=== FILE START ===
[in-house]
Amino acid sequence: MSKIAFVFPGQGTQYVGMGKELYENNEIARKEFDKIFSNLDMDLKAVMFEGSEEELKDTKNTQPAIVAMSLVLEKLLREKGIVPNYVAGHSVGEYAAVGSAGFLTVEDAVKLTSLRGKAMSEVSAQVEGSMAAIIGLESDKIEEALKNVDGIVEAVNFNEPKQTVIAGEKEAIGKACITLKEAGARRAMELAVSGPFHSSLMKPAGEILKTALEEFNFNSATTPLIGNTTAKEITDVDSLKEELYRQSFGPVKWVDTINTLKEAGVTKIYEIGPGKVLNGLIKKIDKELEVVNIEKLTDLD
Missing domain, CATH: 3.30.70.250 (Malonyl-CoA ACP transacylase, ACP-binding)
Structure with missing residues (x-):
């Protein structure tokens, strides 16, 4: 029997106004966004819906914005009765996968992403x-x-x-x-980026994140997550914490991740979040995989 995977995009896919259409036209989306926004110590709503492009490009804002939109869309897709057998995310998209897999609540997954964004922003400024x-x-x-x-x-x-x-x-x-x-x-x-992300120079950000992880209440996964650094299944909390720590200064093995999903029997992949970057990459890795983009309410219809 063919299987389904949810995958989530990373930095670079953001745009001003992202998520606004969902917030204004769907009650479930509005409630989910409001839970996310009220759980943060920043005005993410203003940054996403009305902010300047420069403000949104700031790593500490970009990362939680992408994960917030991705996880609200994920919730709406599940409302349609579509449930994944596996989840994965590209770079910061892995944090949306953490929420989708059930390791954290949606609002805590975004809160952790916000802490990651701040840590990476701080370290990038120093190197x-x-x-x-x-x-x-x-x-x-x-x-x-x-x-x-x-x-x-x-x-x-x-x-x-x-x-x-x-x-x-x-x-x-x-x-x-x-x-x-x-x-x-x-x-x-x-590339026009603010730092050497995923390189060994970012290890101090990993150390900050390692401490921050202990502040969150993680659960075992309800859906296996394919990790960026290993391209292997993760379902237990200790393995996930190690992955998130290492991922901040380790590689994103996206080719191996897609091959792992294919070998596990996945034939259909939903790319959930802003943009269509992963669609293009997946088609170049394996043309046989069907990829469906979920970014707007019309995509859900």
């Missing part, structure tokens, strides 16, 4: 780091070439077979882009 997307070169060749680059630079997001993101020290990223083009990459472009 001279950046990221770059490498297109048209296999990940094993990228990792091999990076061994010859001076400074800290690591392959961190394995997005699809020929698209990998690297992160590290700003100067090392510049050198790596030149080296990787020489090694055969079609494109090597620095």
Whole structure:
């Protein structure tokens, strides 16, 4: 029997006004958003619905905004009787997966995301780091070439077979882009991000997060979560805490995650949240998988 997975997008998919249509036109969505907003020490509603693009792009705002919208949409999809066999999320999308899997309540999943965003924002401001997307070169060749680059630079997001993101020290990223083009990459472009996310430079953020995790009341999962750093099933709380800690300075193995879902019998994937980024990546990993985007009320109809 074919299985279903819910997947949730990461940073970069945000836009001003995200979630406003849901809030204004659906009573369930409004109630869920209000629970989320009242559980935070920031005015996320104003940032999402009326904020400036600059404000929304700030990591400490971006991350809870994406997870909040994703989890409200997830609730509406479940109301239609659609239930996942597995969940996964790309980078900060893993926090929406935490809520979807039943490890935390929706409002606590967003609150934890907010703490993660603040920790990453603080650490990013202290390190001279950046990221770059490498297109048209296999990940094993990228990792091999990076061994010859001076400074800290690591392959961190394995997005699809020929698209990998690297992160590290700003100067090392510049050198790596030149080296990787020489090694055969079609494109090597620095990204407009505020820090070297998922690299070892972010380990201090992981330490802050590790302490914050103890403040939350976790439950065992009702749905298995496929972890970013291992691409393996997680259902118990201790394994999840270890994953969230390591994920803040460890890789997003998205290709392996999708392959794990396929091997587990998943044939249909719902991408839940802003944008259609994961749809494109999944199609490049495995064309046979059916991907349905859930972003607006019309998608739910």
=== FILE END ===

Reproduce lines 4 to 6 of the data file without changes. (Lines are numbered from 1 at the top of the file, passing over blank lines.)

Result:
Structure with missing residues (x-):
């Protein structure tokens, strides 16, 4: 029997106004966004819906914005009765996968992403x-x-x-x-980026994140997550914490991740979040995989 995977995009896919259409036209989306926004110590709503492009490009804002939109869309897709057998995310998209897999609540997954964004922003400024x-x-x-x-x-x-x-x-x-x-x-x-992300120079950000992880209440996964650094299944909390720590200064093995999903029997992949970057990459890795983009309410219809 063919299987389904949810995958989530990373930095670079953001745009001003992202998520606004969902917030204004769907009650479930509005409630989910409001839970996310009220759980943060920043005005993410203003940054996403009305902010300047420069403000949104700031790593500490970009990362939680992408994960917030991705996880609200994920919730709406599940409302349609579509449930994944596996989840994965590209770079910061892995944090949306953490929420989708059930390791954290949606609002805590975004809160952790916000802490990651701040840590990476701080370290990038120093190197x-x-x-x-x-x-x-x-x-x-x-x-x-x-x-x-x-x-x-x-x-x-x-x-x-x-x-x-x-x-x-x-x-x-x-x-x-x-x-x-x-x-x-x-x-x-x-590339026009603010730092050497995923390189060994970012290890101090990993150390900050390692401490921050202990502040969150993680659960075992309800859906296996394919990790960026290993391209292997993760379902237990200790393995996930190690992955998130290492991922901040380790590689994103996206080719191996897609091959792992294919070998596990996945034939259909939903790319959930802003943009269509992963669609293009997946088609170049394996043309046989069907990829469906979920970014707007019309995509859900």
């Missing part, structure tokens, strides 16, 4: 780091070439077979882009 997307070169060749680059630079997001993101020290990223083009990459472009 001279950046990221770059490498297109048209296999990940094993990228990792091999990076061994010859001076400074800290690591392959961190394995997005699809020929698209990998690297992160590290700003100067090392510049050198790596030149080296990787020489090694055969079609494109090597620095």